On the Trade-off Between Real-time Pricing and the Social Acceptability Costs of Demand Response

Hendrigo Batista da Silva, Leonardo Santiago

Research output: Contribution to journalReview articlepeer-review


Dynamic tariff policies have become an essential feature of modern electric grid design. The successful implementation of such policies usually depends on overcoming the resistance of end-users to real-time pricing and its political implications. In this paper, we review the literature on the social acceptability costs of implementing demand response programs, and we discuss the key features of implementing a real-time price to energy. Although the literature acknowledges the existence of a social acceptability cost, it does not propose an explicit approach to dealing with this issue. A model for investigating the implications of the social acceptability cost is thus introduced and through it, we discuss thoroughly the joint impact of the elasticity and externality parameters on the tariff design of a demand response program. We explore how the increases in elasticity and in externality effects influence price changes in such programs and how the social acceptability cost could be reduced as a function of pricing policies. We conclude by discussing the policy design mechanisms in line with demand elasticity and their role in decreasing price variations to cope with the minimum volatility principle. In the presence of policies that penalize high prices, there is an even further decrease in price variations.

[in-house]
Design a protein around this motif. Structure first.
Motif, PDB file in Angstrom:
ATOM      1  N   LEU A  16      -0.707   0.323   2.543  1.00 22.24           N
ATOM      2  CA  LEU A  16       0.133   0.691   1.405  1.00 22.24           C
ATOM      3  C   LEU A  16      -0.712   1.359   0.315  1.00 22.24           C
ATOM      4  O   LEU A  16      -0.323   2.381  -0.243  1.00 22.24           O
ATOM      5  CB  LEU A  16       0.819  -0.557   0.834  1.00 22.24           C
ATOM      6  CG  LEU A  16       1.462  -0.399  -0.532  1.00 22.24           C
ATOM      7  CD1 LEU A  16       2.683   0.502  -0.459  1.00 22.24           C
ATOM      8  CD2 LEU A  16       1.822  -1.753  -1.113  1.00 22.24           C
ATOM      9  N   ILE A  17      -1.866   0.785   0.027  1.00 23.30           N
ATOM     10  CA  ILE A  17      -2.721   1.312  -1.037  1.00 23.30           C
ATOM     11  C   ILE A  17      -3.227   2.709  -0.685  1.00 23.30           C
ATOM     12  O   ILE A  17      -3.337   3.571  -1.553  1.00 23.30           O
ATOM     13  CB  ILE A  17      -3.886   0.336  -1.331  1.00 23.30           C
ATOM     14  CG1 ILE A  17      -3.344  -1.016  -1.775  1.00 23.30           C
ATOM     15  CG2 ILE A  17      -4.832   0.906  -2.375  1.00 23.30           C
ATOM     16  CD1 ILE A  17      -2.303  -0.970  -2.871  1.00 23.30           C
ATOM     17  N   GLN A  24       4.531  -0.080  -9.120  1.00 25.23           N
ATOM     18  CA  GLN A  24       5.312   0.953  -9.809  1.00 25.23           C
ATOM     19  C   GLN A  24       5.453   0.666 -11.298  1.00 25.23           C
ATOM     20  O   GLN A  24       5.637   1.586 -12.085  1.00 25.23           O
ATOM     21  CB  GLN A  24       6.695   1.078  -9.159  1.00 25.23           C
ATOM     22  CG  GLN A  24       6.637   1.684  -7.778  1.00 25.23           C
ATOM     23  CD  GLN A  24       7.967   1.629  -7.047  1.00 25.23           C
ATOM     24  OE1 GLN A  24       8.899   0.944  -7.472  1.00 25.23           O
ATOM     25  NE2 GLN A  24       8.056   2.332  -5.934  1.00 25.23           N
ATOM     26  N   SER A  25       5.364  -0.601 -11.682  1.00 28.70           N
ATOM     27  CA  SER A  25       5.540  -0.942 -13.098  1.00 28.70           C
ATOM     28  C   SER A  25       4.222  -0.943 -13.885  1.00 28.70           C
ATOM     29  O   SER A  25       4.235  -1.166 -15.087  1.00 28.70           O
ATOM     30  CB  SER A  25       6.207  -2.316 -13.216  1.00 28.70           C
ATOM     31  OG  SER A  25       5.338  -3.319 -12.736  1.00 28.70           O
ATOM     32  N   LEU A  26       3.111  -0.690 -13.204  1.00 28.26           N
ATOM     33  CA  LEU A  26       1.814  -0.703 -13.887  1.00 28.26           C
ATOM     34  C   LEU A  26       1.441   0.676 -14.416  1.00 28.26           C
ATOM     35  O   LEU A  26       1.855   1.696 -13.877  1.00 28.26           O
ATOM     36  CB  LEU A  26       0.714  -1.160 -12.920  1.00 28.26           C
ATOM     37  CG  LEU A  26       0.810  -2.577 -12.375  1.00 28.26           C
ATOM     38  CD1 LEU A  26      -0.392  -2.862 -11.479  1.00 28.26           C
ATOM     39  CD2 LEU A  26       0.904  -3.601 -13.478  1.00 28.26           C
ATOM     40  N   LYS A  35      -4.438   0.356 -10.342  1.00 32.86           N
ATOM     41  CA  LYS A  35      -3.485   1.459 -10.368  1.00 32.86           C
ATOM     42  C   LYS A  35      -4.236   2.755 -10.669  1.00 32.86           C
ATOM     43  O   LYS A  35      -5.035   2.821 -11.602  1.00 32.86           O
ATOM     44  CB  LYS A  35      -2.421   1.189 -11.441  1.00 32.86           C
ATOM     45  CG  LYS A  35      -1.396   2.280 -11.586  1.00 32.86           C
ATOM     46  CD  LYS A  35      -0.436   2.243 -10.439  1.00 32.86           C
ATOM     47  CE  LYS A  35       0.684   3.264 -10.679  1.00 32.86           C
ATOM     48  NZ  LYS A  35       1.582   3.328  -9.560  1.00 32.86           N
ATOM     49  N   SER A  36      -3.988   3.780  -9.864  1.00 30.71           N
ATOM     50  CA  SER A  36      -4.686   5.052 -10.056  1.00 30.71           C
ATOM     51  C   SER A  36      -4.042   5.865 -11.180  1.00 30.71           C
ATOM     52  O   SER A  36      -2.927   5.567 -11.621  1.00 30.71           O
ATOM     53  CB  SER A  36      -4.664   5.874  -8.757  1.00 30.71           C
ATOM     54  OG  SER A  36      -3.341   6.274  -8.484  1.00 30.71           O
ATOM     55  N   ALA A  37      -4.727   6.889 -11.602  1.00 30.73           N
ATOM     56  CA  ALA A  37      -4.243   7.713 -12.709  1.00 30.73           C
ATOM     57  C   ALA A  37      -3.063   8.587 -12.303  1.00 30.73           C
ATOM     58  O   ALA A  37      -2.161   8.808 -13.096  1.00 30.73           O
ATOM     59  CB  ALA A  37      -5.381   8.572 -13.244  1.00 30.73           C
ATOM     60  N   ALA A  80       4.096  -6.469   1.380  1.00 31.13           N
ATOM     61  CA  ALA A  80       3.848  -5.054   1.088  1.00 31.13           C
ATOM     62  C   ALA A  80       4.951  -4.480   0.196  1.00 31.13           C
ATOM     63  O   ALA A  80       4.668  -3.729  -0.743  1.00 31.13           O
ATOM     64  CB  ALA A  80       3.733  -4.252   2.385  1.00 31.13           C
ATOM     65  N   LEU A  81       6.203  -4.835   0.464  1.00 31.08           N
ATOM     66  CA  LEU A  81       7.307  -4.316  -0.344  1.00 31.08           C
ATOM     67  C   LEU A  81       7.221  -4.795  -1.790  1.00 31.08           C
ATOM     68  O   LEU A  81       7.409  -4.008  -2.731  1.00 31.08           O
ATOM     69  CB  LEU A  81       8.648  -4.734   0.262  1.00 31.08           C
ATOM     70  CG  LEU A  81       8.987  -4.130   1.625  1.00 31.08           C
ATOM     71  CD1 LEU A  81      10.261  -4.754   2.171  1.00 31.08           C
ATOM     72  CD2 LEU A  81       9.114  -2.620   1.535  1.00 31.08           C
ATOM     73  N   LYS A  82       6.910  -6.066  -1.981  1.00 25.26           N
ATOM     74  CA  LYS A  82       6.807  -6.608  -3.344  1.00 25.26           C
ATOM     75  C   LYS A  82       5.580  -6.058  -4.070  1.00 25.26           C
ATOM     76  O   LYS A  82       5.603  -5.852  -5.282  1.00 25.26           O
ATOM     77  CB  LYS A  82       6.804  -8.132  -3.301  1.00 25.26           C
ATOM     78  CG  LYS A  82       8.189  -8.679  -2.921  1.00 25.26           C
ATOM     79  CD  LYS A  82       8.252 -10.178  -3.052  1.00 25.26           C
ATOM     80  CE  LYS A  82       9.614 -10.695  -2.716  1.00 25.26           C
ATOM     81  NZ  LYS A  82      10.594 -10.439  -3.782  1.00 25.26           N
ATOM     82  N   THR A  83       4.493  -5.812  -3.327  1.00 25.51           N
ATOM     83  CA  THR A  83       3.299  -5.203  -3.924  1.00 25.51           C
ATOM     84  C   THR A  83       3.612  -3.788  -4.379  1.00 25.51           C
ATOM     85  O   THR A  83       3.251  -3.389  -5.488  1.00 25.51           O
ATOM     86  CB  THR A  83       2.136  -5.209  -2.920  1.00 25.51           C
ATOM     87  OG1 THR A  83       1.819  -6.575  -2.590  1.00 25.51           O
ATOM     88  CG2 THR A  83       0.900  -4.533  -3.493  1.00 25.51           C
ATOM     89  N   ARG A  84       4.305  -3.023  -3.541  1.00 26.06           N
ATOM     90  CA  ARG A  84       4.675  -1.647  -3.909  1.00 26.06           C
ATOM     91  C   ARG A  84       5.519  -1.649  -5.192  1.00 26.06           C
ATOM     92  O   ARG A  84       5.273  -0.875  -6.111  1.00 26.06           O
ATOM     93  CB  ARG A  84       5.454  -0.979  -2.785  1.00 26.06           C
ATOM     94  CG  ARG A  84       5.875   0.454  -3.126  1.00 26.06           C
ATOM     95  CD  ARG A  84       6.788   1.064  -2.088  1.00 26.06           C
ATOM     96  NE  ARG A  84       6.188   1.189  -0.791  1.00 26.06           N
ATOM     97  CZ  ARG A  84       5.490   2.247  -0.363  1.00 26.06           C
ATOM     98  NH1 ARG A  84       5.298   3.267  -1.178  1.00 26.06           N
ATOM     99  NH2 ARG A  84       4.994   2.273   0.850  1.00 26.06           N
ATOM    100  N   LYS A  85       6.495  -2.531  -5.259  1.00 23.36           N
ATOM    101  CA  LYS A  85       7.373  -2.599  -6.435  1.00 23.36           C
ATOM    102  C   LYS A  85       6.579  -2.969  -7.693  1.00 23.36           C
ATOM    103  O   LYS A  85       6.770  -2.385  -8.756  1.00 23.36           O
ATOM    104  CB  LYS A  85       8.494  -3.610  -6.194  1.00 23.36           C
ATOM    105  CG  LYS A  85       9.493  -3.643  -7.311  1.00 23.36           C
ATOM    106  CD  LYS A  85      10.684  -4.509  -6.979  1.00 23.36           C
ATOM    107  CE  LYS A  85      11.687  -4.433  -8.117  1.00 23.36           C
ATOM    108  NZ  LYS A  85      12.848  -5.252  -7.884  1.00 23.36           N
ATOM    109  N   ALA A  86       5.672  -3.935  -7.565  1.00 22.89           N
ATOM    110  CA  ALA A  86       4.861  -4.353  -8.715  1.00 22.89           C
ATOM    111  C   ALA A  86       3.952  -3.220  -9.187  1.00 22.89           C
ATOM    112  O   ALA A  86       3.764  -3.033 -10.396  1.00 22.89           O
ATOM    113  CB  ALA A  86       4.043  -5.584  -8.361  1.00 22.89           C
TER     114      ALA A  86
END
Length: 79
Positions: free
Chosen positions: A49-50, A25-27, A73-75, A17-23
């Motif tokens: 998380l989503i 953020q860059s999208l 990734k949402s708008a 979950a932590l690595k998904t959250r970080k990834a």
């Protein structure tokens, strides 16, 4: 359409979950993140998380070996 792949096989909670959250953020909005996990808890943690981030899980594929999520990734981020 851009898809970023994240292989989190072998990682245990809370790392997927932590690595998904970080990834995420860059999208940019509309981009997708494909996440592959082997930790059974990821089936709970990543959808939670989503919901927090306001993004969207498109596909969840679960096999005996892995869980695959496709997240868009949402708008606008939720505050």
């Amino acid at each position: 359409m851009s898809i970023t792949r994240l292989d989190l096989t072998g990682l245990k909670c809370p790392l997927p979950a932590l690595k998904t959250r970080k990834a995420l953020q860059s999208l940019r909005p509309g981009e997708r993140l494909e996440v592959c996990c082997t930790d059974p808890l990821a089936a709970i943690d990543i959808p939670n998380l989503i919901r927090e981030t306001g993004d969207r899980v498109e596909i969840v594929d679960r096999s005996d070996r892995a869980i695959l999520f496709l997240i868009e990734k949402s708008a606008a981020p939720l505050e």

Original languageEnglish
JournalRenewable & Sustainable Energy Reviews
Issue number1
Pages (from-to)1513–1521
Number of pages9
Publication statusPublished - 2018


  • Demand response
  • Customer resistance
  • Social acceptability
  • Real-time pricing

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